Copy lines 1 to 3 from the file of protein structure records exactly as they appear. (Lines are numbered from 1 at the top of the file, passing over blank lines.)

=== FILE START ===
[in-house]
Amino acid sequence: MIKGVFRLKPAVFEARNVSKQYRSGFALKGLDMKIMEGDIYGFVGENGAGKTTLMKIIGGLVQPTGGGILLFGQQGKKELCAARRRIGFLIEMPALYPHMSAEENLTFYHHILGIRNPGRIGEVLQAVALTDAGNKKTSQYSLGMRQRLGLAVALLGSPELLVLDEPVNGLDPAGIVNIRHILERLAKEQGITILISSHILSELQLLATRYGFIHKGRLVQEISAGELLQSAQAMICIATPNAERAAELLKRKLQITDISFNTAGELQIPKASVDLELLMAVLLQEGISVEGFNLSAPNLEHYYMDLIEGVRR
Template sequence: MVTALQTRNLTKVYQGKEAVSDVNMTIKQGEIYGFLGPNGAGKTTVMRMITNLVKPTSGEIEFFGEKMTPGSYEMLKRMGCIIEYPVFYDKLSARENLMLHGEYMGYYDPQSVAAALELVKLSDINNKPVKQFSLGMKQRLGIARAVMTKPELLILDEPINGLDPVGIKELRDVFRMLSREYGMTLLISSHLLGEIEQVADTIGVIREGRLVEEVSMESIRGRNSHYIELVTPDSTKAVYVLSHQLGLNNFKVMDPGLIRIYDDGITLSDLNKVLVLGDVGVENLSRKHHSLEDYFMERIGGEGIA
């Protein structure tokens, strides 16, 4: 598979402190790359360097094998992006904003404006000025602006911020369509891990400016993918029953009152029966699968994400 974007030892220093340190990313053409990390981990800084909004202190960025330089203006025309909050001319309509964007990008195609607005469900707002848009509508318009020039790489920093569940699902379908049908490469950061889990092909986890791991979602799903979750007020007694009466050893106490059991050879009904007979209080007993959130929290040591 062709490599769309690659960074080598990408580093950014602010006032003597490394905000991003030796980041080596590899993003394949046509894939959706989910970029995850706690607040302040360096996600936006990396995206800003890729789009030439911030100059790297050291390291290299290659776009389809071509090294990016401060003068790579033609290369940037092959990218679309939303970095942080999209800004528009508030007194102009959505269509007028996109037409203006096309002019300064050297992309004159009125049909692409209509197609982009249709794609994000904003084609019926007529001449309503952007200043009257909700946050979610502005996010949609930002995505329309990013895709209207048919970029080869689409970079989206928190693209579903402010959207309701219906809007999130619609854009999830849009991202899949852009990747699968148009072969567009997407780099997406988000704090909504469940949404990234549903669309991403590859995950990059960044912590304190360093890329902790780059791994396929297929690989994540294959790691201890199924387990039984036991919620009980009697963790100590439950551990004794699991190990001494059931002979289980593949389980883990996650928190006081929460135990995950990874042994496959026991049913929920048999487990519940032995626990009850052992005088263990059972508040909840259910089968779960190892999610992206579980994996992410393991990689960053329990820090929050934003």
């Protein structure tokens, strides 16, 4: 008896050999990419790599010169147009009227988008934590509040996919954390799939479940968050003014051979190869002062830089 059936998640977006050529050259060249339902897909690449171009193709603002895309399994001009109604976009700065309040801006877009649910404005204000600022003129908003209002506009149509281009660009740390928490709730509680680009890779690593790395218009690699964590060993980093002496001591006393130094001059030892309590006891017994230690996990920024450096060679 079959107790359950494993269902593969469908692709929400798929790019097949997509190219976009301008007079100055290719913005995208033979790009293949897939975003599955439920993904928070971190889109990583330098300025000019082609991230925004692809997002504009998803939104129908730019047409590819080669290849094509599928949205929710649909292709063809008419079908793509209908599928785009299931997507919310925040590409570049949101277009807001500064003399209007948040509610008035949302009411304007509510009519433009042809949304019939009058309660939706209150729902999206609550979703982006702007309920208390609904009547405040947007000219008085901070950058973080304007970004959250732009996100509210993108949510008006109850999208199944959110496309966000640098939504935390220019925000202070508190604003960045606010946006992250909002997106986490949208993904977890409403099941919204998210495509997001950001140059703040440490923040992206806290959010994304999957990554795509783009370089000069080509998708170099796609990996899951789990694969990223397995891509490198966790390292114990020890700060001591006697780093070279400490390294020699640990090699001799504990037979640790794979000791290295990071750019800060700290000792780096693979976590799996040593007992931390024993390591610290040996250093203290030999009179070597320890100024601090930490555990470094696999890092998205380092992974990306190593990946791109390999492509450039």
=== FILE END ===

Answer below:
[in-house]
Amino acid sequence: MIKGVFRLKPAVFEARNVSKQYRSGFALKGLDMKIMEGDIYGFVGENGAGKTTLMKIIGGLVQPTGGGILLFGQQGKKELCAARRRIGFLIEMPALYPHMSAEENLTFYHHILGIRNPGRIGEVLQAVALTDAGNKKTSQYSLGMRQRLGLAVALLGSPELLVLDEPVNGLDPAGIVNIRHILERLAKEQGITILISSHILSELQLLATRYGFIHKGRLVQEISAGELLQSAQAMICIATPNAERAAELLKRKLQITDISFNTAGELQIPKASVDLELLMAVLLQEGISVEGFNLSAPNLEHYYMDLIEGVRR
Template sequence: MVTALQTRNLTKVYQGKEAVSDVNMTIKQGEIYGFLGPNGAGKTTVMRMITNLVKPTSGEIEFFGEKMTPGSYEMLKRMGCIIEYPVFYDKLSARENLMLHGEYMGYYDPQSVAAALELVKLSDINNKPVKQFSLGMKQRLGIARAVMTKPELLILDEPINGLDPVGIKELRDVFRMLSREYGMTLLISSHLLGEIEQVADTIGVIREGRLVEEVSMESIRGRNSHYIELVTPDSTKAVYVLSHQLGLNNFKVMDPGLIRIYDDGITLSDLNKVLVLGDVGVENLSRKHHSLEDYFMERIGGEGIA